What is fuelling the surge in private debt?

Private debt is one of the world’s fastest growing alternative asset classes. Over the past decade, the market has grown 13.5% on average annually, with assets under management (AUM) hitting $1.2 trillion at the end of last year, according to Preqin. The same report notes that this represents the second quickest pace of growth of all private market asset classes, behind only infrastructure.

Aggregate fundraising hit a record $192 billion across all private debt fund strategies last year, 10% more than in 2020 and almost five times more than was raised a decade ago, according to McKinsey. The research goes on to mention that limited partner (LP) allocations to private debt have doubled since 2016.

Borrowers have also been keen to tap private credit markets. Total sponsor-backed middle-market loan volume jumped to a record $196 billion last year, in part fuelled by a resurgence of the M&A activity that had slowed in the early months of the pandemic. Borrowers are attracted to private debt because they tend to get their loans faster and there is more certainty of execution compared to public debt markets. There, borrowers typically have to wait for a favourable issuance window and deals can collapse if investor demand is insufficient.

 

Private debt strategies

Direct lending remains the most popular private debt strategy, accounting for almost three quarters (73%) of the market’s growth over the past decade, according to McKinsey. That growth has been supported by banks pulling back sharply from lending to middle-market companies due to regulatory capital constraints (non-bank direct lenders don’t have the same regulatory requirements). Banks now account for just 11% of sponsored mid-market financings, down from almost 70% in 2013, McKinsey said. 

Other private credit strategies include distressed debt (a riskier approach of lending to companies that are experiencing financial difficulties), mezzanine loans (a type of junior debt that has equity-like features) and special situations (debt that is cheaper to buy for a variety of idiosyncratic reasons).
Returns on private credit typically outperform public market debt. In the first three quarters of 2021, private debt generated pooled IRR (internal rate of return) of 10.1%. Those returns have been fairly consistent too, with private debt averaging a median IRR of 9.4% for vintages between 2008 and 2018. “LPs primarily look to private debt to deliver reliable, low-volatility returns that exceed fixed-income alternatives, which is exactly what the asset class has delivered over the last decade,” McKinsey said.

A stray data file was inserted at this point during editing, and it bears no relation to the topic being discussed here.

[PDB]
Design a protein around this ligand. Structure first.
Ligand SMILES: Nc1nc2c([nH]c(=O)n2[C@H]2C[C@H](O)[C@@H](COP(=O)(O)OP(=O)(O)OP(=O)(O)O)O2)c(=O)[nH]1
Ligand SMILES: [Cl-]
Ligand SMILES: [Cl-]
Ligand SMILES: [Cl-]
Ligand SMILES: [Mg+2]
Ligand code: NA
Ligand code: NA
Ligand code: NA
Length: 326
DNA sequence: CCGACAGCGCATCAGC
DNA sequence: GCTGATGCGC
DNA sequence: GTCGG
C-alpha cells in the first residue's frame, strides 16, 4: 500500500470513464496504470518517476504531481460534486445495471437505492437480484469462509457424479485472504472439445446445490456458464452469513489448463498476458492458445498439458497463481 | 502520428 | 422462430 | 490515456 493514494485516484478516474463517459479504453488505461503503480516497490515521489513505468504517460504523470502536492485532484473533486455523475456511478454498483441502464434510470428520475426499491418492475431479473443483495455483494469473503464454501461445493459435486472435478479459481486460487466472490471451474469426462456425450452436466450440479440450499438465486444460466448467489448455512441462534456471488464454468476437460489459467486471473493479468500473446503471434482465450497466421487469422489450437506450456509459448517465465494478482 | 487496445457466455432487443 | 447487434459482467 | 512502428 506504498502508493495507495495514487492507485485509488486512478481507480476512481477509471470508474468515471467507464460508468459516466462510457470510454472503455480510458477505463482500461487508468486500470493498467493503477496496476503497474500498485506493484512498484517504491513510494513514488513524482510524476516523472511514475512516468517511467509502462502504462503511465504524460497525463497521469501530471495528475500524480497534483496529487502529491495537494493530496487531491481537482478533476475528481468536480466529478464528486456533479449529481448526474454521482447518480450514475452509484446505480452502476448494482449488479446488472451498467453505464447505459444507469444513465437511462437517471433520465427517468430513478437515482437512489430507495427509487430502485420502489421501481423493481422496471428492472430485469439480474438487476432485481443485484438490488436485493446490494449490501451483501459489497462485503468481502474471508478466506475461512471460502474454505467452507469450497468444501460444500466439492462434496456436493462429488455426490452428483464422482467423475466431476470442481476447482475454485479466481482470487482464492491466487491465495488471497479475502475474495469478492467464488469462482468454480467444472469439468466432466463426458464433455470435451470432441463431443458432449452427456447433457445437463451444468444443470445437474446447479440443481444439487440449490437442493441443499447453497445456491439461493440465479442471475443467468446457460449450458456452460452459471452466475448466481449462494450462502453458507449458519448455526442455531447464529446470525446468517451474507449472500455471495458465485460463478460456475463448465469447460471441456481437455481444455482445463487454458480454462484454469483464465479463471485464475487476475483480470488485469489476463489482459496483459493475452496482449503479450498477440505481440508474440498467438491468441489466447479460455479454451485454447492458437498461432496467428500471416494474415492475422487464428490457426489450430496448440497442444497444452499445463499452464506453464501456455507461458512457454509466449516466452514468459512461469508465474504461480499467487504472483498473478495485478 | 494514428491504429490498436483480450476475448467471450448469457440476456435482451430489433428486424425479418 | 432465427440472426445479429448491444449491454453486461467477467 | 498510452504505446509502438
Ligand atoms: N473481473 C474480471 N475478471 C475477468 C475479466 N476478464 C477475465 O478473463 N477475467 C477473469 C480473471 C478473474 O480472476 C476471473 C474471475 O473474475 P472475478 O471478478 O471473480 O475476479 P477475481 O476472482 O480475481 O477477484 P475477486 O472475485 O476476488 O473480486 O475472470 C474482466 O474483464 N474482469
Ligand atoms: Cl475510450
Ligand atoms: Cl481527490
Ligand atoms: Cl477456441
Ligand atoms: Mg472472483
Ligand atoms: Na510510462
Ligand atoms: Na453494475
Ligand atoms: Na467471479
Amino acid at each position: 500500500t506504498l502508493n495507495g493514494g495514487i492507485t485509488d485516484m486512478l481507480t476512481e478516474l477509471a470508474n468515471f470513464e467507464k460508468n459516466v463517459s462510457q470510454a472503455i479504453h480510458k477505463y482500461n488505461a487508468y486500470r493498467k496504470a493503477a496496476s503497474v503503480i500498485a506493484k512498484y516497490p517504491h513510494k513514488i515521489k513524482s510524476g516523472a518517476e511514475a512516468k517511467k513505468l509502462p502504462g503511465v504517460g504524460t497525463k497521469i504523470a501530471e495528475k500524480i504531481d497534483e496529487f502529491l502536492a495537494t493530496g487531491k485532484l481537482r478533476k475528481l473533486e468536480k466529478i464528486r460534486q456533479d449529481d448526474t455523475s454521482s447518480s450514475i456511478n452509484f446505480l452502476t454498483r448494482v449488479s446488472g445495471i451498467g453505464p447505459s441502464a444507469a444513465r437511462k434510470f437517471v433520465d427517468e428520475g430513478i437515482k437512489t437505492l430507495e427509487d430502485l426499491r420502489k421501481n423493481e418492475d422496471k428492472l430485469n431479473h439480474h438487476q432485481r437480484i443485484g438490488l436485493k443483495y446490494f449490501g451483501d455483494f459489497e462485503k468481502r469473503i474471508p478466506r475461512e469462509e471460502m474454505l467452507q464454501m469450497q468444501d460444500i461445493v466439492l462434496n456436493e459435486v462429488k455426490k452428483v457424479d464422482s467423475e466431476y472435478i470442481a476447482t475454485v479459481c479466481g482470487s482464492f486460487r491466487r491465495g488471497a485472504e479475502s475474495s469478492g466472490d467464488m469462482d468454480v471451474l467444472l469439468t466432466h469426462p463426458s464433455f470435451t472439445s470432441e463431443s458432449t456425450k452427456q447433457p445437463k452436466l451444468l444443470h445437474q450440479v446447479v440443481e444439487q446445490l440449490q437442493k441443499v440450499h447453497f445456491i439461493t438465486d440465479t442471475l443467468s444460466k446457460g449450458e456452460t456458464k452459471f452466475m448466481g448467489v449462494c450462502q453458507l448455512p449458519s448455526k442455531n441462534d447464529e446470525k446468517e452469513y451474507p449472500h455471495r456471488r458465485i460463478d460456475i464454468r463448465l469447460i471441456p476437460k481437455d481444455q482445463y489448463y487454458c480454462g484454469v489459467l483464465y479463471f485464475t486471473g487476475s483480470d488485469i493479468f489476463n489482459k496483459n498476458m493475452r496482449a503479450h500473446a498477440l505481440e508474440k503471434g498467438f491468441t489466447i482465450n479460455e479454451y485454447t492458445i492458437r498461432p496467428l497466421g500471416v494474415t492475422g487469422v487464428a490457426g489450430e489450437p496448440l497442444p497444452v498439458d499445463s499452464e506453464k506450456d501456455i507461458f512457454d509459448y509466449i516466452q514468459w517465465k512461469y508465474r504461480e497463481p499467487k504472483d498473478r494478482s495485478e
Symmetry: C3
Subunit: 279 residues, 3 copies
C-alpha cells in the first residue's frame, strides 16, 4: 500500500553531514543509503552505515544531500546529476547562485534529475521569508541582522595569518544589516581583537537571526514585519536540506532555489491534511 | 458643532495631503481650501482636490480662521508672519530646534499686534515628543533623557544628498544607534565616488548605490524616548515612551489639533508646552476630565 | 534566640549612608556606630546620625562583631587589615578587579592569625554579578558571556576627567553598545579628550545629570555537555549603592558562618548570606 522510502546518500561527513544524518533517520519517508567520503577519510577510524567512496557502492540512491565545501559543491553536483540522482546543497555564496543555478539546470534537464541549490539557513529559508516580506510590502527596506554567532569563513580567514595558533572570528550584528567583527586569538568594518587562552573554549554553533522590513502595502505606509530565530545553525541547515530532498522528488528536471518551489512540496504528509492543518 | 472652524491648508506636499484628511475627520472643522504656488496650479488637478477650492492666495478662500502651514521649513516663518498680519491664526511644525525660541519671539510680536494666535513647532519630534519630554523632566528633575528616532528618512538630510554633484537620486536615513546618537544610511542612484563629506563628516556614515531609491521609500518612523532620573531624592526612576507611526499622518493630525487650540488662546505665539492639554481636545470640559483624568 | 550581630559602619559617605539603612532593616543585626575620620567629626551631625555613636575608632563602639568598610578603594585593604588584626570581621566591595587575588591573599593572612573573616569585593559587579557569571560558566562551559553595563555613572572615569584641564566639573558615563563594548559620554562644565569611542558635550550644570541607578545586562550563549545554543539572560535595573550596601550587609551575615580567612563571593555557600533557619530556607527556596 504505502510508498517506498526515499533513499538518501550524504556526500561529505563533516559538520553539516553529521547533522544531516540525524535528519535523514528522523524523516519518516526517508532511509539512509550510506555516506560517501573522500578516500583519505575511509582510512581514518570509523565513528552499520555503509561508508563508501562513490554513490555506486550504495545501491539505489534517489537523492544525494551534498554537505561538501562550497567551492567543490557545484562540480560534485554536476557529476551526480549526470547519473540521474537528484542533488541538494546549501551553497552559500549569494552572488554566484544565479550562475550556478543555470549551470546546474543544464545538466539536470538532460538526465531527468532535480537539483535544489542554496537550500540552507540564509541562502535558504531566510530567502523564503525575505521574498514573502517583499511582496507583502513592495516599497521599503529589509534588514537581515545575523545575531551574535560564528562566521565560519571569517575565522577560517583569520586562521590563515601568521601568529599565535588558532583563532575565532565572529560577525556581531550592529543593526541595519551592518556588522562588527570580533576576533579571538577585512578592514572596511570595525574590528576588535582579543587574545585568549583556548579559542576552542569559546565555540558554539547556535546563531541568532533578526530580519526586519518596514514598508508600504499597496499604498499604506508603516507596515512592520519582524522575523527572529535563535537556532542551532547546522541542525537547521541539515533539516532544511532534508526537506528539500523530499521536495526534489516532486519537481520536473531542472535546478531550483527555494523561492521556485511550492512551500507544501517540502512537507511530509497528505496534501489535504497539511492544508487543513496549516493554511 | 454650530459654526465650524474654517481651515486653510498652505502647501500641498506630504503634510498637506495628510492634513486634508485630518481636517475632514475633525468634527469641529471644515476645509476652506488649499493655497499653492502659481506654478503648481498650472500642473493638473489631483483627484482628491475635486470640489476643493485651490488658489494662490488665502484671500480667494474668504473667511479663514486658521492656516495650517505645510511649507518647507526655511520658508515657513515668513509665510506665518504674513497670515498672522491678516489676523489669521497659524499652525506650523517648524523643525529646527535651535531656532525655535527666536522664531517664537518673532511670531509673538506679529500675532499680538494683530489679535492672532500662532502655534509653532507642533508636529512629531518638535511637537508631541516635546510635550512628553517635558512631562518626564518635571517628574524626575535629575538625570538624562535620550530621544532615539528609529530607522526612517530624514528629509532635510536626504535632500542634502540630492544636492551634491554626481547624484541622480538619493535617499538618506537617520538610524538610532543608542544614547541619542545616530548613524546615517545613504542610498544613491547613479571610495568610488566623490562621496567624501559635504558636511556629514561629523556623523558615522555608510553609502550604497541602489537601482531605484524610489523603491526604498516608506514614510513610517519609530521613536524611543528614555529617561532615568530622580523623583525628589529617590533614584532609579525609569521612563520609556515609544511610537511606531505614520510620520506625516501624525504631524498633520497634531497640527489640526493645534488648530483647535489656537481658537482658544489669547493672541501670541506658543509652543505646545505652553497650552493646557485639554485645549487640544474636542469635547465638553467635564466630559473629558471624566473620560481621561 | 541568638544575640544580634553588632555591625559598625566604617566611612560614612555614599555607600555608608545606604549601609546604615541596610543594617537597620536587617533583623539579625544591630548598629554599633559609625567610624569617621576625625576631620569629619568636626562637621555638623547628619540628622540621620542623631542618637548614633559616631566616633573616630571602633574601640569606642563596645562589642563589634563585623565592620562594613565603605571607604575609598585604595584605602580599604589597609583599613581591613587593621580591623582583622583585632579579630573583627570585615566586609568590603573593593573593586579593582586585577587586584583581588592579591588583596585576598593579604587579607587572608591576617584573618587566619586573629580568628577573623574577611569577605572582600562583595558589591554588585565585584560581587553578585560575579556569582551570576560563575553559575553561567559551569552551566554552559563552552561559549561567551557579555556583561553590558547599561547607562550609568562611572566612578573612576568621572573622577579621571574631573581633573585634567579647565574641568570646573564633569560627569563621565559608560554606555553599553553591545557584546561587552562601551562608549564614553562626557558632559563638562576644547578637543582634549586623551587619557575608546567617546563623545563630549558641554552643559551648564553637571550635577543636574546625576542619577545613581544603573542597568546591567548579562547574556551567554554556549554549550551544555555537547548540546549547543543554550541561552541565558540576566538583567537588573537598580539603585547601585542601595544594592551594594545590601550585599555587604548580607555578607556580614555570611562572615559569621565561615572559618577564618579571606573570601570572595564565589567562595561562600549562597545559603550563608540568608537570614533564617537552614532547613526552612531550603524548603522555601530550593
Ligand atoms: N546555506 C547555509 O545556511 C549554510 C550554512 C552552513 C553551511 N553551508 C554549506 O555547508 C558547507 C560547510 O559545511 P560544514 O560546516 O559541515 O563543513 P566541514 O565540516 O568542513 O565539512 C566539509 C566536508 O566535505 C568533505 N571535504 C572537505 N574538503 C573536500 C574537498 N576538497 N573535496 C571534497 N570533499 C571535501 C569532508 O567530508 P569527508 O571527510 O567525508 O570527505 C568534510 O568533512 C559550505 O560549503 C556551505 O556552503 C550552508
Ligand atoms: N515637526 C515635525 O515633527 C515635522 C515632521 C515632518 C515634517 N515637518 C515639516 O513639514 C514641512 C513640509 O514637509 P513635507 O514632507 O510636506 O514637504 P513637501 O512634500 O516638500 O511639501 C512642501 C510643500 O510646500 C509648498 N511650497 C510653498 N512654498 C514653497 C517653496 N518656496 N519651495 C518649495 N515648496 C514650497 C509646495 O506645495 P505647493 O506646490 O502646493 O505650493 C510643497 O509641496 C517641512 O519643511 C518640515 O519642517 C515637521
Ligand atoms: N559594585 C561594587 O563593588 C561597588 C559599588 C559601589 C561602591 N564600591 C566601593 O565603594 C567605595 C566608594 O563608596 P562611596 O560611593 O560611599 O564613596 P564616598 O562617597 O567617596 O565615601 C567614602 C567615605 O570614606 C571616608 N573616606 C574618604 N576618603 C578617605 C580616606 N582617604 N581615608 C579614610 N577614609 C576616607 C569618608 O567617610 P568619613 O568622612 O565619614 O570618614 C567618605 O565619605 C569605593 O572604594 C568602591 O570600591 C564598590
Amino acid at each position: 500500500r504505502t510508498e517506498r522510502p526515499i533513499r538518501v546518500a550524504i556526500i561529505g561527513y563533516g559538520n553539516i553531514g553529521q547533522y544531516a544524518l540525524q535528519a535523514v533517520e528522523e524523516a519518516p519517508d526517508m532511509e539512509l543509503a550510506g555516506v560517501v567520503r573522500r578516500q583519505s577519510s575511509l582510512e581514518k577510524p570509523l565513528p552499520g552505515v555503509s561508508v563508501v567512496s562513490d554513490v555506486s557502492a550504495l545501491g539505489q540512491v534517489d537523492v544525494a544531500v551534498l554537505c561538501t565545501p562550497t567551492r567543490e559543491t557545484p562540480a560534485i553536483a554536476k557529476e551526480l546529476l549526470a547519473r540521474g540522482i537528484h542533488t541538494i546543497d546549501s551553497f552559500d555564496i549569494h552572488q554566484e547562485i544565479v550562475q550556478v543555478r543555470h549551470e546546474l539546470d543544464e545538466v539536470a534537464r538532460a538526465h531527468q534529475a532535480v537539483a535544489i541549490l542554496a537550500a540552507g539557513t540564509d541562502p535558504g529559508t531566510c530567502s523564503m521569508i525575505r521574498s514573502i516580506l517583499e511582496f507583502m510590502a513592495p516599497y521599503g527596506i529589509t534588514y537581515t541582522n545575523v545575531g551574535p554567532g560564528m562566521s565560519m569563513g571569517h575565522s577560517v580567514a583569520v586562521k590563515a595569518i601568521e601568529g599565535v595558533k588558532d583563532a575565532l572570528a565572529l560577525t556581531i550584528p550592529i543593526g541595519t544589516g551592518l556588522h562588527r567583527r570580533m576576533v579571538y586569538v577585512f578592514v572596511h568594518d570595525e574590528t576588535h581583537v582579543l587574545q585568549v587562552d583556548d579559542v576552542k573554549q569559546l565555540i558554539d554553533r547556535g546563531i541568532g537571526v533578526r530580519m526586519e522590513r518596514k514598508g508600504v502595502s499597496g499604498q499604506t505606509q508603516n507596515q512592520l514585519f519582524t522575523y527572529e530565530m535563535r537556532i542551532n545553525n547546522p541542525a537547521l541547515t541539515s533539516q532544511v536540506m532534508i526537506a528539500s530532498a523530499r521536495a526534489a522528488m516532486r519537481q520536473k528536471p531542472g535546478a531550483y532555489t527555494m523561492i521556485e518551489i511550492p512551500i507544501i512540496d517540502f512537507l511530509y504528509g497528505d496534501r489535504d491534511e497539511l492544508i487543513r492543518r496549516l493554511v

Private debt’s increasing popularity is reflected in significant inflows of capital. This remains one of the largest risks to its continuing outperformance. Here, manager selection becomes especially important in order to avoid potential excesses. More broadly, inherent risks include illiquidity, with private debt assets being less easily tradable and, of course, the higher leverage levels that tend to accompany times of expected interest rate rises.

 

Inflation-beating opportunities?

Private debt performance is expected to remain robust, particularly during the current inflationary environment. Because private credit tends to be floating rate in nature, as central banks lift interest rates to combat inflation, private debt interest rates rise in tandem.

Investors are already planning to increase their allocations to private debt over the next 12 months, according to a TMF Group and Private Equity Wire survey published in June. Almost 70% of respondents said they plan to increase their exposure to private debt, with more than a third (37.4%) saying they plan to amp up allocations by more than 20%.
 
AUM is poised to keep on rising. Preqin forecasts the private debt market will grow to $2.69 trillion by 2026, making it the second-largest private market asset class after private equity.

With uncertainty in public markets increasing and inflationary pressures weighing on conventional fixed-income credit, private debt’s broadening appeal is unlikely to slow anytime soon.